- Wednesday, 02 July 2014 07:19
A recent ruling by the US Supreme Court could have significant impact on patent assertion entities (or patent trolls as they are known) whilst clarifying software patent procedures.
In a unanimous decision, judges in the case of Alice Corp v CLS Bank International ruled that simply applying a computer to an abstract idea does not turn it into a ‘patent-eligible invention’.
The patent in question, owned by Alice Corp, related to a computerised scheme for mitigating ‘settlement risk’, which is the risk that only one party to an agreed-upon financial exchange will satisfy its obligations.
CLS Bank challenged this patent. Alice Corp in this case was seen as the patent assertion entity (a person or company who enforces patent rights against accused infringers in an attempt to collect licensing fees, but does not manufacture products or supply services based upon the patents in question).
The Court agreed that “the mere recitation of a generic computer cannot transform a patent-ineligible abstract idea into a patent-eligible invention.”
The judgment can be viewed here http://www.supremecourt.gov/opinions/13pdf/13-298_7lh8.pdf
In essence, what Alice Corp had done did not result in an improvement in any other technology or technological field and as such did not qualify for patent protection.
The decision has been welcomed by some in the technology sector, with some groups saying it clarifies what is patentable and removes some uncertainty in the area.
Commentators say the ruling tightens the standard of what is patentable and will therefore result in fewer low-quality software patents.
What are patents?
According to the ICC “a patent gives the inventor the right, for a specified period of time, to prevent others from using, making, selling, offering for sale, or importing his invention without his authorization. In return, the inventor must disclose the details of his invention in a patent document that is made publicly available. In this way, patents represent a social contract between society as a whole and inventors.”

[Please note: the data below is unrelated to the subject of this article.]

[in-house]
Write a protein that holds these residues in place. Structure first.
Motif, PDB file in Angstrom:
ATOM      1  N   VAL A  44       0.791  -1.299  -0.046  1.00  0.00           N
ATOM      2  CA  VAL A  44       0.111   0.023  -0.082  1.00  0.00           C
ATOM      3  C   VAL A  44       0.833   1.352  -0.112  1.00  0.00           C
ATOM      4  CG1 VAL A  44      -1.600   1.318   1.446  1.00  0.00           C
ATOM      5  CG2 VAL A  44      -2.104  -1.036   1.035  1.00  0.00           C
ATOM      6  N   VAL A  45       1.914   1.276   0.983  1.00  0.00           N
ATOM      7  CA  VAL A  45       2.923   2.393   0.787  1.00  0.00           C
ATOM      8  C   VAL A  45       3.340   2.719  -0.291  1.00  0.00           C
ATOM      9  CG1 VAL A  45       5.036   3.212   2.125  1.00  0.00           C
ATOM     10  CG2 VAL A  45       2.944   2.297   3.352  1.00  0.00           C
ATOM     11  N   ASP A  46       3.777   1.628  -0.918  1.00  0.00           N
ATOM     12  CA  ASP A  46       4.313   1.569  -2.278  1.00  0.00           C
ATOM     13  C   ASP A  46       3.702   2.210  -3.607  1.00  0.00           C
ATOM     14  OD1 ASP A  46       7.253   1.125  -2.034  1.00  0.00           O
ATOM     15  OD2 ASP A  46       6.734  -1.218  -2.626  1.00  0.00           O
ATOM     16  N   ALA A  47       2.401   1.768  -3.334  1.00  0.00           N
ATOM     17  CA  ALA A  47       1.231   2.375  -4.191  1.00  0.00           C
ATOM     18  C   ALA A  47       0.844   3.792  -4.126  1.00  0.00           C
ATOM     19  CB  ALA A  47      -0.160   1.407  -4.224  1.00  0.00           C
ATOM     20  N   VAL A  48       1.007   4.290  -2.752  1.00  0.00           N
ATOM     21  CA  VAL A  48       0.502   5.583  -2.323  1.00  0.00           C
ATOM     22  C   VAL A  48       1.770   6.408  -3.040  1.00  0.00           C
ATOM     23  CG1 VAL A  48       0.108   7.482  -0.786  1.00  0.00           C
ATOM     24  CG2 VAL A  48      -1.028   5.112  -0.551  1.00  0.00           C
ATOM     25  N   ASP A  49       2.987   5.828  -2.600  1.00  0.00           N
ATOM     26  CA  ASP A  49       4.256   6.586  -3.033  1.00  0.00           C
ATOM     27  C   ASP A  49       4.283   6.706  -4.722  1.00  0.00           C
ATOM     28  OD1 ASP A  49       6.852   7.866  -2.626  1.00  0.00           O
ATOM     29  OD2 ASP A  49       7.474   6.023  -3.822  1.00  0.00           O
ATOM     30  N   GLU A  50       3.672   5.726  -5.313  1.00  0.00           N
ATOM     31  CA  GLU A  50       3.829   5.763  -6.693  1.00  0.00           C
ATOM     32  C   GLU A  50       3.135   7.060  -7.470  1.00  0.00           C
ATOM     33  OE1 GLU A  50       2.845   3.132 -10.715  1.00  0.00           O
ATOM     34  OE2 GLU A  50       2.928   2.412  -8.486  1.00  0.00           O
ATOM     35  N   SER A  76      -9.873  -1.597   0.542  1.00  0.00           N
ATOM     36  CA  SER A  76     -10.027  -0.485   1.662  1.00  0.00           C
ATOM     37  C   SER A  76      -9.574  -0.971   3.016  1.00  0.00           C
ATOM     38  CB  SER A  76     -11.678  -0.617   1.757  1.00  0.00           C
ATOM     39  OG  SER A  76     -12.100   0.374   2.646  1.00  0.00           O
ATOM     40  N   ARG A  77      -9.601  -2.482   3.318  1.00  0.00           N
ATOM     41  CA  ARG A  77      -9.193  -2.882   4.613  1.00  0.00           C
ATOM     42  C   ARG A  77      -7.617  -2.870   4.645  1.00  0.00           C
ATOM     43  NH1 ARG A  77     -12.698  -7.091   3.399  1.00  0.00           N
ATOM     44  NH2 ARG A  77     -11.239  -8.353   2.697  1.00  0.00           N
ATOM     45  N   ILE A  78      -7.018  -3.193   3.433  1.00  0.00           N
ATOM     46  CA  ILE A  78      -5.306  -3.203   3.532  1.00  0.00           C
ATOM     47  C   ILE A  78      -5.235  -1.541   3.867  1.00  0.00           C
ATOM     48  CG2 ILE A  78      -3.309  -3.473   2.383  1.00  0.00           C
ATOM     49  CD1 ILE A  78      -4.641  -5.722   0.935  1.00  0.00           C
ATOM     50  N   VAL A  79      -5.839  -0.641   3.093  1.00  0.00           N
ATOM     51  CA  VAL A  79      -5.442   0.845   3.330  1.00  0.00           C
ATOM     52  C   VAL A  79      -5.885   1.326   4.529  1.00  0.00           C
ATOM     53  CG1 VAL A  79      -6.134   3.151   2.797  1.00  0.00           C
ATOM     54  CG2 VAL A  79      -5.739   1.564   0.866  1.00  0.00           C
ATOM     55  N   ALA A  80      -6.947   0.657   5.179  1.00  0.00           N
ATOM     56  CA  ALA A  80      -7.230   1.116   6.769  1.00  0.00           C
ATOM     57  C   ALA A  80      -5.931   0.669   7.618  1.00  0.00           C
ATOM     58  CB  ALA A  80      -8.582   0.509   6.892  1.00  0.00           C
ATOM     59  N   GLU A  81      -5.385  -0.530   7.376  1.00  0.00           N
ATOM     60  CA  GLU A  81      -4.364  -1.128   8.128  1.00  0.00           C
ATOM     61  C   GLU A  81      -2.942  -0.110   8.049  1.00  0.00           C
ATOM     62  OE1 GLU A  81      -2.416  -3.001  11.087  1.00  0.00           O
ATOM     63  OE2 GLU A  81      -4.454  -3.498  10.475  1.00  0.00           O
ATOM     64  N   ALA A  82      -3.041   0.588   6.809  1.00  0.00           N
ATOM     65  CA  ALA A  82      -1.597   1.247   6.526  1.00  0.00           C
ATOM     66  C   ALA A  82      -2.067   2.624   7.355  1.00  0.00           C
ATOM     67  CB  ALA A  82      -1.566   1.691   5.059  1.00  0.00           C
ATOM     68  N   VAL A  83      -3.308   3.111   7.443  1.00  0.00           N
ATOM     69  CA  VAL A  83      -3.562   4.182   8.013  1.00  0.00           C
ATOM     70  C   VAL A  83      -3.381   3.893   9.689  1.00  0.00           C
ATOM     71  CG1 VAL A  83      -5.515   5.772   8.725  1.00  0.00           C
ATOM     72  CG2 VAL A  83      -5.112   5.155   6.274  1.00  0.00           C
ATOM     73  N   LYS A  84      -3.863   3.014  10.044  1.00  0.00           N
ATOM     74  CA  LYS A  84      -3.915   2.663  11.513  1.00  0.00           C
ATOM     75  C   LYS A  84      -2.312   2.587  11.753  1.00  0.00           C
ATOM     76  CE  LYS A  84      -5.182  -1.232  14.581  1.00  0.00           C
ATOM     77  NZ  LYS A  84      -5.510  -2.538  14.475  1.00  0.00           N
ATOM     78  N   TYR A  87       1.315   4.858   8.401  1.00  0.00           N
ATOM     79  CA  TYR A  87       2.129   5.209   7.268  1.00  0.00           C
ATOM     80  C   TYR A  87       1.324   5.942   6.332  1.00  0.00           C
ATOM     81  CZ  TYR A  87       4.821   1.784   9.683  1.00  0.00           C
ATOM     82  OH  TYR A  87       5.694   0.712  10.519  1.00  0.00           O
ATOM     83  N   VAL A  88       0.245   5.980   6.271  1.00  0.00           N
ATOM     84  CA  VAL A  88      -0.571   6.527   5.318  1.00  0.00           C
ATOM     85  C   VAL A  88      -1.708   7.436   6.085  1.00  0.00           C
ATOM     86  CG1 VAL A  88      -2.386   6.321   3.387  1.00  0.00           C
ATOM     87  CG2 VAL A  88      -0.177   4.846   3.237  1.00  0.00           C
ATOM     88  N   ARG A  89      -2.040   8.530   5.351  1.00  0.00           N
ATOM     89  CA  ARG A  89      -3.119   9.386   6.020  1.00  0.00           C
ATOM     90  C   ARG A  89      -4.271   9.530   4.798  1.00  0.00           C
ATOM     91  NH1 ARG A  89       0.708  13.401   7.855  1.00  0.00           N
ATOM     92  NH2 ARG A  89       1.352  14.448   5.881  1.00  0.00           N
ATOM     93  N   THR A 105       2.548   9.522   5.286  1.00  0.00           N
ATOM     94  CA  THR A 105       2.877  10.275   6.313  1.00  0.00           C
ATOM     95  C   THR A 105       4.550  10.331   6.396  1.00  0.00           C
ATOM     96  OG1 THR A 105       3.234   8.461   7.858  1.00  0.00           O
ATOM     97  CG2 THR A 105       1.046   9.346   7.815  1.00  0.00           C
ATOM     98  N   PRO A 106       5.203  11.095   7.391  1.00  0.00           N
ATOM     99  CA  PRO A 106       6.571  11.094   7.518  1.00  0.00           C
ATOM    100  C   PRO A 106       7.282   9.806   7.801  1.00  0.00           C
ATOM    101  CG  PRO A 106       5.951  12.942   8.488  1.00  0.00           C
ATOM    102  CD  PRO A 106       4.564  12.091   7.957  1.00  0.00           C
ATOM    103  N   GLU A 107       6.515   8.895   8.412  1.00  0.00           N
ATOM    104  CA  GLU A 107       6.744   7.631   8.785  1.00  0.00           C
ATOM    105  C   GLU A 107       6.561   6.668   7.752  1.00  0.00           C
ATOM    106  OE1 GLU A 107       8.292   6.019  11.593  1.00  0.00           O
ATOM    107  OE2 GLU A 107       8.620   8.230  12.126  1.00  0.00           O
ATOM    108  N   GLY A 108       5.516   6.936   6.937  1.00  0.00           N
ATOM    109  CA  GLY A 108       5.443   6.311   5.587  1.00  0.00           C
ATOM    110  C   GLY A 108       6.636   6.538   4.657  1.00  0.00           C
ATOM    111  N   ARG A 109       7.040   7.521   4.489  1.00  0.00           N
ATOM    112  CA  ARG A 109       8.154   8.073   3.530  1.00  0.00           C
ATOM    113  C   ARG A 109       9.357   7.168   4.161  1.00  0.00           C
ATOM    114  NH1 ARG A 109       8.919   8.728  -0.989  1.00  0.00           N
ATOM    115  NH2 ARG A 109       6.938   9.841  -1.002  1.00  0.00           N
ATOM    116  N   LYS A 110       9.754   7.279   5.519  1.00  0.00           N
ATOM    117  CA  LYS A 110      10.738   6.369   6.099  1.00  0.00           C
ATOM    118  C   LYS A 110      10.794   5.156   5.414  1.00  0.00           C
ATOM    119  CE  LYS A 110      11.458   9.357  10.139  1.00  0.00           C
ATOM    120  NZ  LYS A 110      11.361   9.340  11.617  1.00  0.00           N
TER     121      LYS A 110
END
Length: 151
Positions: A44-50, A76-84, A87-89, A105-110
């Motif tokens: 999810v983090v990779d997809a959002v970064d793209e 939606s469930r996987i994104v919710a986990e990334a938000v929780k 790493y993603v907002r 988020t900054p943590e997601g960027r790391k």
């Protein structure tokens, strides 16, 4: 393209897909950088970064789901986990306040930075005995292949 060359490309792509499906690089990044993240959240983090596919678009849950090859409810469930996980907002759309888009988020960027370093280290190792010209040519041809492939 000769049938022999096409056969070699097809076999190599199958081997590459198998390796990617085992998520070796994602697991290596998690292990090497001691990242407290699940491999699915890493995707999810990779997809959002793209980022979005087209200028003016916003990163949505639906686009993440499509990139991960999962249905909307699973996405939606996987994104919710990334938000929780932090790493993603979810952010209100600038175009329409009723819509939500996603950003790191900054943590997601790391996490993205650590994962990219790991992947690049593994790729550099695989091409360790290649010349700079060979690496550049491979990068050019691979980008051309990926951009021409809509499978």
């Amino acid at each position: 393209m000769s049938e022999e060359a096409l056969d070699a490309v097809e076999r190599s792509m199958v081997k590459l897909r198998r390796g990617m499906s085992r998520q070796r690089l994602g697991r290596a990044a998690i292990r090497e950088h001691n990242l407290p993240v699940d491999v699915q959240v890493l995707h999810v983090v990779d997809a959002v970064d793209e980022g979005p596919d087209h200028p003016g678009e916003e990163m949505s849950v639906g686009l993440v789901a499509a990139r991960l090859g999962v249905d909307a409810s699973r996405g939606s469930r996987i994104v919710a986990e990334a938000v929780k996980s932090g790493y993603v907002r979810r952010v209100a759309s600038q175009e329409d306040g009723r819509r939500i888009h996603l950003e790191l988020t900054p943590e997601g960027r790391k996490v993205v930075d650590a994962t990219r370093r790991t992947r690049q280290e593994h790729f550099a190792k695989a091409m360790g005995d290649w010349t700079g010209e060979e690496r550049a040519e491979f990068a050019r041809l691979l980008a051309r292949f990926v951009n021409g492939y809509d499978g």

The invention must fulfil three conditions:
• It must be new – it should never have been published or publicly used before;
• It should be capable of industrial application – it must be something that can be industrially manufactured or used; and
• It must be “non-obvious” – it should not be an invention that would have occurred to any skilled person in the relevant field.
Patents are perceived as a sound intellectual property title, granted in most territories after a rigorous examination processes. In general, the US had previously taken a more liberal attitude towards software patenting while the European Patent Office states that for a patent to be granted for a computer-implemented invention, a technical problem has to be solved in a novel and non-obvious manner.
ICC releases 2014 Intellectual Property Roadmap
The 12th edition of the ICC’s “Intellectual Property Roadmap: Current and Emerging Issues for Business and Policymakers” was released on 23 June.
There are several new topics, including patent quality, IP management and licensing, harmonisation and streamlining of trademark rules, trademark restrictions on packaging, non-traditional marks and innovation. See here for more details http://www.iccwbo.org/products-and-services/trade-facilitation/ip-roadmap/